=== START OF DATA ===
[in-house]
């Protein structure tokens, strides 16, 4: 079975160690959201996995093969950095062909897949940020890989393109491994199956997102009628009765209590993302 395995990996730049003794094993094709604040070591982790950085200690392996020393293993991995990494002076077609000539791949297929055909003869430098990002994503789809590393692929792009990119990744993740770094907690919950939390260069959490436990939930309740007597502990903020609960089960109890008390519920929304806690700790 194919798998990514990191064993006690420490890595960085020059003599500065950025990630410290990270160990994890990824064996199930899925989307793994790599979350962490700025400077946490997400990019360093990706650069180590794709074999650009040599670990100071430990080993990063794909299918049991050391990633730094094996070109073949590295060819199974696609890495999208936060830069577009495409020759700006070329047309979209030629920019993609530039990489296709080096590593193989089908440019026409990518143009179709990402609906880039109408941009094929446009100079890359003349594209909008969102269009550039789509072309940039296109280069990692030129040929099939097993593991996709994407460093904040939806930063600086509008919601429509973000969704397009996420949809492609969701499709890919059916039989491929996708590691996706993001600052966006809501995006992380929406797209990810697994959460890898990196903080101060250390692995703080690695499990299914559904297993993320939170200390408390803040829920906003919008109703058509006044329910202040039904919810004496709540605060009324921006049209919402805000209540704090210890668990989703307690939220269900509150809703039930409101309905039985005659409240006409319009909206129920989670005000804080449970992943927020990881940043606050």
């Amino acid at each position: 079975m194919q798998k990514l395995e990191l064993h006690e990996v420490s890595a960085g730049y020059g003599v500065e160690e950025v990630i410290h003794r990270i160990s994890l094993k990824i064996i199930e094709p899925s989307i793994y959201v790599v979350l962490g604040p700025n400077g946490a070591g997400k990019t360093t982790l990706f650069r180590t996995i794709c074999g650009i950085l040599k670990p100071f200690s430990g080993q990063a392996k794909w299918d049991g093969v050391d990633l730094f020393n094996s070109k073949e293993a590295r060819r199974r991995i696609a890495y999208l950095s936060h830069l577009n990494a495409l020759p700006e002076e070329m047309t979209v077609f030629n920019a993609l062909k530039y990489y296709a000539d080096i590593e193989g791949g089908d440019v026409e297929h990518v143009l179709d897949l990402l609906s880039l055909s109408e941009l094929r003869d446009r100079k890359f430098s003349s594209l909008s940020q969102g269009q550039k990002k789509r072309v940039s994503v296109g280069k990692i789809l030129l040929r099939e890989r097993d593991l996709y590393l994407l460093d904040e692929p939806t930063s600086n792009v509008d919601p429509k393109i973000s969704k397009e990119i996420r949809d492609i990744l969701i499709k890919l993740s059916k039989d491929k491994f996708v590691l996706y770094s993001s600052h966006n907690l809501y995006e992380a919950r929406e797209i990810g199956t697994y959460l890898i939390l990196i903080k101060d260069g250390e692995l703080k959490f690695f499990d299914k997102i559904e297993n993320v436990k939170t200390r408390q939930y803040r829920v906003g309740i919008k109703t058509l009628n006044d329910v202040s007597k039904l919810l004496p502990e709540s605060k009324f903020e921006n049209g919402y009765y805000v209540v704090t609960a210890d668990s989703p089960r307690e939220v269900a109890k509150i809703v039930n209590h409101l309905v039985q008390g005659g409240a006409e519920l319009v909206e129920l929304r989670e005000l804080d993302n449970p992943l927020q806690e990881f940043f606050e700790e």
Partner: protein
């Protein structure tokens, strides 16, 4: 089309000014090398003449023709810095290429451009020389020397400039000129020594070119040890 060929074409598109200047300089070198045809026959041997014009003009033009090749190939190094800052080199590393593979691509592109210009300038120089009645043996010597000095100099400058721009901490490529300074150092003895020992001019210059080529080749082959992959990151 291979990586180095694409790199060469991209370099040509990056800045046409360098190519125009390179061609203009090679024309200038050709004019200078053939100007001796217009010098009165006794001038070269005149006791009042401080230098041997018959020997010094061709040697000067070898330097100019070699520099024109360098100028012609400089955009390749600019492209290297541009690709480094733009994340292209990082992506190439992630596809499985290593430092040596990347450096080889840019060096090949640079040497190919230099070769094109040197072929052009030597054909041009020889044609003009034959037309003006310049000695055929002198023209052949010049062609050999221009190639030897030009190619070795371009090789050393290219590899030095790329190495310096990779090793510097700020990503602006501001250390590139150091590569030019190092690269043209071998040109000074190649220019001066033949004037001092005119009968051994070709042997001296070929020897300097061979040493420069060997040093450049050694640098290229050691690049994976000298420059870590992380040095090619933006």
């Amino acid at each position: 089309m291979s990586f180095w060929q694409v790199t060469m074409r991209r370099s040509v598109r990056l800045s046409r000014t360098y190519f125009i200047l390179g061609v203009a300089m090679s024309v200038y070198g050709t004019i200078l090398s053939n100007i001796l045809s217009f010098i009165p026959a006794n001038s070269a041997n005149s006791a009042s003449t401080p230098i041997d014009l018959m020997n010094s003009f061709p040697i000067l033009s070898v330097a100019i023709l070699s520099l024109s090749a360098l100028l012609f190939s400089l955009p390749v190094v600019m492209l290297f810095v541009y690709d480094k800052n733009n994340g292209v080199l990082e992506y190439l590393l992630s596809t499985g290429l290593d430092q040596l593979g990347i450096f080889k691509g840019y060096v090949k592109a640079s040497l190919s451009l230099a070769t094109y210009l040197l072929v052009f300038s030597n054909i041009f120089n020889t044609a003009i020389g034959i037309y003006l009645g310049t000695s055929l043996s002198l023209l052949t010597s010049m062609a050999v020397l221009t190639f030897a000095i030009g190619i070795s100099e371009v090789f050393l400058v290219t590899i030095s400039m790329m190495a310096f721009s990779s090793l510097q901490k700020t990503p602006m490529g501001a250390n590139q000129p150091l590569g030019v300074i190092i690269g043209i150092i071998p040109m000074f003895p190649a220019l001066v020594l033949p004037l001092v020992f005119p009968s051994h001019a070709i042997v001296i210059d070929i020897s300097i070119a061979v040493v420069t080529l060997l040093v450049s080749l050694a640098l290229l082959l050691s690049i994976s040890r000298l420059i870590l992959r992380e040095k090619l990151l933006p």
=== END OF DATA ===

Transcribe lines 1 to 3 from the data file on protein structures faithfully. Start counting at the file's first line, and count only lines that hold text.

[in-house]
């Protein structure tokens, strides 16, 4: 079975160690959201996995093969950095062909897949940020890989393109491994199956997102009628009765209590993302 395995990996730049003794094993094709604040070591982790950085200690392996020393293993991995990494002076077609000539791949297929055909003869430098990002994503789809590393692929792009990119990744993740770094907690919950939390260069959490436990939930309740007597502990903020609960089960109890008390519920929304806690700790 194919798998990514990191064993006690420490890595960085020059003599500065950025990630410290990270160990994890990824064996199930899925989307793994790599979350962490700025400077946490997400990019360093990706650069180590794709074999650009040599670990100071430990080993990063794909299918049991050391990633730094094996070109073949590295060819199974696609890495999208936060830069577009495409020759700006070329047309979209030629920019993609530039990489296709080096590593193989089908440019026409990518143009179709990402609906880039109408941009094929446009100079890359003349594209909008969102269009550039789509072309940039296109280069990692030129040929099939097993593991996709994407460093904040939806930063600086509008919601429509973000969704397009996420949809492609969701499709890919059916039989491929996708590691996706993001600052966006809501995006992380929406797209990810697994959460890898990196903080101060250390692995703080690695499990299914559904297993993320939170200390408390803040829920906003919008109703058509006044329910202040039904919810004496709540605060009324921006049209919402805000209540704090210890668990989703307690939220269900509150809703039930409101309905039985005659409240006409319009909206129920989670005000804080449970992943927020990881940043606050």
């Amino acid at each position: 079975m194919q798998k990514l395995e990191l064993h006690e990996v420490s890595a960085g730049y020059g003599v500065e160690e950025v990630i410290h003794r990270i160990s994890l094993k990824i064996i199930e094709p899925s989307i793994y959201v790599v979350l962490g604040p700025n400077g946490a070591g997400k990019t360093t982790l990706f650069r180590t996995i794709c074999g650009i950085l040599k670990p100071f200690s430990g080993q990063a392996k794909w299918d049991g093969v050391d990633l730094f020393n094996s070109k073949e293993a590295r060819r199974r991995i696609a890495y999208l950095s936060h830069l577009n990494a495409l020759p700006e002076e070329m047309t979209v077609f030629n920019a993609l062909k530039y990489y296709a000539d080096i590593e193989g791949g089908d440019v026409e297929h990518v143009l179709d897949l990402l609906s880039l055909s109408e941009l094929r003869d446009r100079k890359f430098s003349s594209l909008s940020q969102g269009q550039k990002k789509r072309v940039s994503v296109g280069k990692i789809l030129l040929r099939e890989r097993d593991l996709y590393l994407l460093d904040e692929p939806t930063s600086n792009v509008d919601p429509k393109i973000s969704k397009e990119i996420r949809d492609i990744l969701i499709k890919l993740s059916k039989d491929k491994f996708v590691l996706y770094s993001s600052h966006n907690l809501y995006e992380a919950r929406e797209i990810g199956t697994y959460l890898i939390l990196i903080k101060d260069g250390e692995l703080k959490f690695f499990d299914k997102i559904e297993n993320v436990k939170t200390r408390q939930y803040r829920v906003g309740i919008k109703t058509l009628n006044d329910v202040s007597k039904l919810l004496p502990e709540s605060k009324f903020e921006n049209g919402y009765y805000v209540v704090t609960a210890d668990s989703p089960r307690e939220v269900a109890k509150i809703v039930n209590h409101l309905v039985q008390g005659g409240a006409e519920l319009v909206e129920l929304r989670e005000l804080d993302n449970p992943l927020q806690e990881f940043f606050e700790e």